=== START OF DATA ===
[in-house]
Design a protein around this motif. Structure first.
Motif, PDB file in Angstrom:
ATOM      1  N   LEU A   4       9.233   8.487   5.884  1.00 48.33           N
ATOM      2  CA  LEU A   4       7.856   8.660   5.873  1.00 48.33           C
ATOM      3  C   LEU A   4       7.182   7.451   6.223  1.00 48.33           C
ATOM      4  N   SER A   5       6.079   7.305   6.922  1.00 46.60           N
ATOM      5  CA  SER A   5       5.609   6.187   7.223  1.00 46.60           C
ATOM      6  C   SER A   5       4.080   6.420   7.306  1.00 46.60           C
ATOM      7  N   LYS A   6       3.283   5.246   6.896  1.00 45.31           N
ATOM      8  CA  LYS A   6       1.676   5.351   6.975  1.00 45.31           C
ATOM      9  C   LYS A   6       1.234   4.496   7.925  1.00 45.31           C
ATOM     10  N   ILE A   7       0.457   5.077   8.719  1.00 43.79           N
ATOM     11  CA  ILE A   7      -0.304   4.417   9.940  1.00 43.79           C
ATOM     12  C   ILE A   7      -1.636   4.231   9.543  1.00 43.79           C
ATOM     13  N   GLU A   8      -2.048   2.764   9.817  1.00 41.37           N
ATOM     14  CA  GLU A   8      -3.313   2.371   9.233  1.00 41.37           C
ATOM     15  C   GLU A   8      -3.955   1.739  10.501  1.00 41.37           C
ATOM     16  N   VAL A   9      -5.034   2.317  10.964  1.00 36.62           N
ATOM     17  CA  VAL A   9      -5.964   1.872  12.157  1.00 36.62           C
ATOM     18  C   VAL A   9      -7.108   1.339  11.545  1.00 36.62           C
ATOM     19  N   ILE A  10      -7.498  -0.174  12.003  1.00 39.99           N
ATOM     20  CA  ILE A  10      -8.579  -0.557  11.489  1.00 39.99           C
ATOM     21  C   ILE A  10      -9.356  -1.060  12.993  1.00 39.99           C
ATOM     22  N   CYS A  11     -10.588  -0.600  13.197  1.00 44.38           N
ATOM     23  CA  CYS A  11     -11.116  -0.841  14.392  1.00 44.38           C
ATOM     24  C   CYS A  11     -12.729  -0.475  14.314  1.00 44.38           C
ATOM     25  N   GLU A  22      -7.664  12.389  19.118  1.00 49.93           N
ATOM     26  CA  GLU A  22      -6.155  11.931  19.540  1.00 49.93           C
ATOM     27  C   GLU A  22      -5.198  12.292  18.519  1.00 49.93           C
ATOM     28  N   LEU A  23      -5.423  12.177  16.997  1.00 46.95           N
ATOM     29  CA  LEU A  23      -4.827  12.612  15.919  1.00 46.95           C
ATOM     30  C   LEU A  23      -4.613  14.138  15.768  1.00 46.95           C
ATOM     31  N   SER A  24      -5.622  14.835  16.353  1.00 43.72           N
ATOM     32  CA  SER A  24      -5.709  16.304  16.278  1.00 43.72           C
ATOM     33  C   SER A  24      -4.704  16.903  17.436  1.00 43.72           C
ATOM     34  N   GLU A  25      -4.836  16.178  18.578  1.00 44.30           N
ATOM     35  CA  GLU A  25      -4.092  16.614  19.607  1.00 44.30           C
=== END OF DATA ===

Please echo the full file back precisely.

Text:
[in-house]
Design a protein around this motif. Structure first.
Motif, PDB file in Angstrom:
ATOM      1  N   LEU A   4       9.233   8.487   5.884  1.00 48.33           N
ATOM      2  CA  LEU A   4       7.856   8.660   5.873  1.00 48.33           C
ATOM      3  C   LEU A   4       7.182   7.451   6.223  1.00 48.33           C
ATOM      4  N   SER A   5       6.079   7.305   6.922  1.00 46.60           N
ATOM      5  CA  SER A   5       5.609   6.187   7.223  1.00 46.60           C
ATOM      6  C   SER A   5       4.080   6.420   7.306  1.00 46.60           C
ATOM      7  N   LYS A   6       3.283   5.246   6.896  1.00 45.31           N
ATOM      8  CA  LYS A   6       1.676   5.351   6.975  1.00 45.31           C
ATOM      9  C   LYS A   6       1.234   4.496   7.925  1.00 45.31           C
ATOM     10  N   ILE A   7       0.457   5.077   8.719  1.00 43.79           N
ATOM     11  CA  ILE A   7      -0.304   4.417   9.940  1.00 43.79           C
ATOM     12  C   ILE A   7      -1.636   4.231   9.543  1.00 43.79           C
ATOM     13  N   GLU A   8      -2.048   2.764   9.817  1.00 41.37           N
ATOM     14  CA  GLU A   8      -3.313   2.371   9.233  1.00 41.37           C
ATOM     15  C   GLU A   8      -3.955   1.739  10.501  1.00 41.37           C
ATOM     16  N   VAL A   9      -5.034   2.317  10.964  1.00 36.62           N
ATOM     17  CA  VAL A   9      -5.964   1.872  12.157  1.00 36.62           C
ATOM     18  C   VAL A   9      -7.108   1.339  11.545  1.00 36.62           C
ATOM     19  N   ILE A  10      -7.498  -0.174  12.003  1.00 39.99           N
ATOM     20  CA  ILE A  10      -8.579  -0.557  11.489  1.00 39.99           C
ATOM     21  C   ILE A  10      -9.356  -1.060  12.993  1.00 39.99           C
ATOM     22  N   CYS A  11     -10.588  -0.600  13.197  1.00 44.38           N
ATOM     23  CA  CYS A  11     -11.116  -0.841  14.392  1.00 44.38           C
ATOM     24  C   CYS A  11     -12.729  -0.475  14.314  1.00 44.38           C
ATOM     25  N   GLU A  22      -7.664  12.389  19.118  1.00 49.93           N
ATOM     26  CA  GLU A  22      -6.155  11.931  19.540  1.00 49.93           C
ATOM     27  C   GLU A  22      -5.198  12.292  18.519  1.00 49.93           C
ATOM     28  N   LEU A  23      -5.423  12.177  16.997  1.00 46.95           N
ATOM     29  CA  LEU A  23      -4.827  12.612  15.919  1.00 46.95           C
ATOM     30  C   LEU A  23      -4.613  14.138  15.768  1.00 46.95           C
ATOM     31  N   SER A  24      -5.622  14.835  16.353  1.00 43.72           N
ATOM     32  CA  SER A  24      -5.709  16.304  16.278  1.00 43.72           C
ATOM     33  C   SER A  24      -4.704  16.903  17.436  1.00 43.72           C
ATOM     34  N   GLU A  25      -4.836  16.178  18.578  1.00 44.30           N
ATOM     35  CA  GLU A  25      -4.092  16.614  19.607  1.00 44.30           C